Create your own half-time position

March 24, 2008


Q: Dear J.T. and Dale: Several years ago it seemed one could get a half-time job (once known as job-sharing). This would be very nice for someone in my position (55 years old) and also wanting to enjoy her grandkids, traveling, gardening, etc. My dilemma is this - the folks working at the temp agencies are so young that they've never heard of job-sharing. I've come to the conclusion that I'd like to work at a medical office, scheduling patients for their appointments. This is an entry-level-type job and would pose no problem in and of itself, but everyone seems to want full-time help. - Chris

J.T.: I suggest that you go straight to the source. Put together a short cover letter that conveys your desire to work part time, and create a resume that supports your extensive experience. Then, get out the yellow pages and identify all the local medical-office parks within your ideal commute. Finally, put on your best professional attire and pick a Friday (when staff members are usually in the best mood) and hit the pavement. Visit each medical office and introduce yourself to the receptionist. Let her know that you are looking to work for a medical office part time and would even be willing to temp for them as needed. In essence, you are starting your own medical-receptionist temping-agency-of-one.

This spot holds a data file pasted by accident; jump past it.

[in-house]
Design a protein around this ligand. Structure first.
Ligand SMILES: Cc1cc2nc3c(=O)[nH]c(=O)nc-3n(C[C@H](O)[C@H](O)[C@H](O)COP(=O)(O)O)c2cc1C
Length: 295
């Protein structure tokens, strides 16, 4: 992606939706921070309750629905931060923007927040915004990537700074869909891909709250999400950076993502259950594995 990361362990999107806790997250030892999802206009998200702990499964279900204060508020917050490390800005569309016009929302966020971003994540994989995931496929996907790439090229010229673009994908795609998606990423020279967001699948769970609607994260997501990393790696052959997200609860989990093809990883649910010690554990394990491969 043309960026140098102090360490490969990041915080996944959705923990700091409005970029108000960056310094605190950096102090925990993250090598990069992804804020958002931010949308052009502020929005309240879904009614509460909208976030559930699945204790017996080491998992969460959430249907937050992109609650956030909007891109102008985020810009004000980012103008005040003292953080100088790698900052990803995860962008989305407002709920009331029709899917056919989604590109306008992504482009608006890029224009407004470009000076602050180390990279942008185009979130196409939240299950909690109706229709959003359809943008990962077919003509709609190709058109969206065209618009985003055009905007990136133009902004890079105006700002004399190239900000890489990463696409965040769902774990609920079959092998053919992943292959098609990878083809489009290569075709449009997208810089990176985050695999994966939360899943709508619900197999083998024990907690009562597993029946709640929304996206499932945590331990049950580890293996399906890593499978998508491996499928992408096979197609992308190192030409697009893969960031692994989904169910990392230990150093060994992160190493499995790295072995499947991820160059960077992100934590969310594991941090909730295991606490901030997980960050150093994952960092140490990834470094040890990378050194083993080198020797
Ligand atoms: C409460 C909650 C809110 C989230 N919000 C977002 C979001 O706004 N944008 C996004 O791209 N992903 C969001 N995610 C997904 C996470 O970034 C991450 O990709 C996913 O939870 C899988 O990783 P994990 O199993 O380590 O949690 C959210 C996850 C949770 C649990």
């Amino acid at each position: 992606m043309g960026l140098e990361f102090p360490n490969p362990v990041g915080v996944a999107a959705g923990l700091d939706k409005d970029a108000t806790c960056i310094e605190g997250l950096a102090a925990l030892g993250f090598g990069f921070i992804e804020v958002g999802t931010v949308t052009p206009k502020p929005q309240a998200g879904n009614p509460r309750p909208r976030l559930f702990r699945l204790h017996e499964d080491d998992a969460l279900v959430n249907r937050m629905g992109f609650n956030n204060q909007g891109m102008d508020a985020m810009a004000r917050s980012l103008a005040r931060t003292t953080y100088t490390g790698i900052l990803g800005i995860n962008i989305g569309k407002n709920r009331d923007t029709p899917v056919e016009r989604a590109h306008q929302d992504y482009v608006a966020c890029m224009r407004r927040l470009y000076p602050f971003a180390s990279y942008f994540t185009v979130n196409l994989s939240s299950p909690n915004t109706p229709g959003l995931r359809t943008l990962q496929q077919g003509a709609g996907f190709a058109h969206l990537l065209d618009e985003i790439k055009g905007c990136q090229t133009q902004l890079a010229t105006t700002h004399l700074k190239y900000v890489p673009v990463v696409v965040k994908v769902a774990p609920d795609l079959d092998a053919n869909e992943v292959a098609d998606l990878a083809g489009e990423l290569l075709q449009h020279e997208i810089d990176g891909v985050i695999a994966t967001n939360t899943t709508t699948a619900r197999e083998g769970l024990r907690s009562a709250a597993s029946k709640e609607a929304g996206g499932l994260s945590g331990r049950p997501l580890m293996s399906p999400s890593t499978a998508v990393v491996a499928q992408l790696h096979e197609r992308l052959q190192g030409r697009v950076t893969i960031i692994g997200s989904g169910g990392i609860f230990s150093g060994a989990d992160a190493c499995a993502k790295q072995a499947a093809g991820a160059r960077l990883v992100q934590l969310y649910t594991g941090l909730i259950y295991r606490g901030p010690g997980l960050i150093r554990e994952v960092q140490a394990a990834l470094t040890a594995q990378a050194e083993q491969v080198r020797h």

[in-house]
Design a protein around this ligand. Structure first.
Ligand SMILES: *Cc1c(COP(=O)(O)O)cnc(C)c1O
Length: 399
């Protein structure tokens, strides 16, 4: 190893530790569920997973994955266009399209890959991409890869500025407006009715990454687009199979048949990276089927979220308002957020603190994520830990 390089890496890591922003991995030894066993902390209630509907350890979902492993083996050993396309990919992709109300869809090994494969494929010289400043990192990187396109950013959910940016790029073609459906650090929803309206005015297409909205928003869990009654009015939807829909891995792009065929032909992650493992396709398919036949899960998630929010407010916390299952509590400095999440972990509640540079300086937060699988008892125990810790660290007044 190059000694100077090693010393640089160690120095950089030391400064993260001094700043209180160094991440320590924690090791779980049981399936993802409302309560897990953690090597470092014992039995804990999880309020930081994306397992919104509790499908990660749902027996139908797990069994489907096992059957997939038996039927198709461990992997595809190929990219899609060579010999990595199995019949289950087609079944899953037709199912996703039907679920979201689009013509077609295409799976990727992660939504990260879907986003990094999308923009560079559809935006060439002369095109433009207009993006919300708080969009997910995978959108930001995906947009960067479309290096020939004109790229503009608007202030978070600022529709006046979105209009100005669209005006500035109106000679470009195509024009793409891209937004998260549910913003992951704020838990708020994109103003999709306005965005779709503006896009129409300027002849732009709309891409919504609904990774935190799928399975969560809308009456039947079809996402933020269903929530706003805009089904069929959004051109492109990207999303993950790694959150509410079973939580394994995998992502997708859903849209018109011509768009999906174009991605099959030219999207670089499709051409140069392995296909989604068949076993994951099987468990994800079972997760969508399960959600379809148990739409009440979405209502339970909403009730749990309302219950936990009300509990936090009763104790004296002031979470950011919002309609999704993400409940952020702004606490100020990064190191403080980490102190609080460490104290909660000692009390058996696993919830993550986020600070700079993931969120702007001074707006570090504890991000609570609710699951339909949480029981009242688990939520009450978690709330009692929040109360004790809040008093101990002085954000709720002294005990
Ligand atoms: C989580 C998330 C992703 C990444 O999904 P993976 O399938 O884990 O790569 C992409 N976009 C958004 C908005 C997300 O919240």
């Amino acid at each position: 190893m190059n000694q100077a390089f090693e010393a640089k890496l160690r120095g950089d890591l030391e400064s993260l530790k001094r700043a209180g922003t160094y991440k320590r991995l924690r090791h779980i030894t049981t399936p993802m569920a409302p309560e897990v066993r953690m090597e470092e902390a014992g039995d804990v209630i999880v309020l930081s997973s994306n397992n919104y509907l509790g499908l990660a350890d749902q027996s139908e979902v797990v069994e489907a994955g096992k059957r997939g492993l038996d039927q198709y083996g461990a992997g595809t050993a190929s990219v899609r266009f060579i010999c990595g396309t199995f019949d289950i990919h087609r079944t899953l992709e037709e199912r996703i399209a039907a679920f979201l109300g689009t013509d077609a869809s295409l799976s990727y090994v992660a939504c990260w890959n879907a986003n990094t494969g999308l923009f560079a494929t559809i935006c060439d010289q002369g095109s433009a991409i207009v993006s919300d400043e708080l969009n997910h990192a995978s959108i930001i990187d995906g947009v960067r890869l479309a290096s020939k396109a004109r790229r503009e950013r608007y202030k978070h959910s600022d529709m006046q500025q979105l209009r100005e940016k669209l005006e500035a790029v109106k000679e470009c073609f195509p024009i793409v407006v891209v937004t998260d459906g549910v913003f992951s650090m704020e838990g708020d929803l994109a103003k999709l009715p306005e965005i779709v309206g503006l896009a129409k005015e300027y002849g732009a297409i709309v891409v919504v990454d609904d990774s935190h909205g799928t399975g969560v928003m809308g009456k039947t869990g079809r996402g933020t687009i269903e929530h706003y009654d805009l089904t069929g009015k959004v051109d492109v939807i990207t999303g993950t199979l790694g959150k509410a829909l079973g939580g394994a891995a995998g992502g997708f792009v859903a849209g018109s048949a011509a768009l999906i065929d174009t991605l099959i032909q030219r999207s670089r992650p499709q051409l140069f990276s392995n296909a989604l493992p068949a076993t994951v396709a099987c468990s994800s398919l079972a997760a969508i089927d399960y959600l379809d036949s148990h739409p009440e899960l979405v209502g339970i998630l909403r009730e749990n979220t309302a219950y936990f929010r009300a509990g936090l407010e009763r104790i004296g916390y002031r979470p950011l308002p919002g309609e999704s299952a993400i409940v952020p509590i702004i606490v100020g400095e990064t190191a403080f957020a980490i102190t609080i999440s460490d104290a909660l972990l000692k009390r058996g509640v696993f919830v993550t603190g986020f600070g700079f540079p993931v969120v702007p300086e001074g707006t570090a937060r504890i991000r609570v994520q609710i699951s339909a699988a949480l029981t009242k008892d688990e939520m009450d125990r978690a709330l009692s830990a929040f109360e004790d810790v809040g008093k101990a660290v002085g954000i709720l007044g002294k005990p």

Dale: I'll bet that virtually every medical office has staffers who'd love to work less than full-time - maybe have an afternoon off each week, or maybe a couple of days. They've dreamed it, they just don't know how to make that dream a reality because the whole hiring system is built around full-time slots. Then you walk in. In with you comes a plan, ready to sell to the office manager, to make their lives better while you create the ideal job for yourself.

- Jeanine "J.T." Tanner O'Donnell is a professional development specialist and founder of the consulting firm Dale Dauten's latest book is "(Great) Employees Only: How Gifted Bosses Hire and De-Hire Their Way to Success" (John Wiley & Sons).


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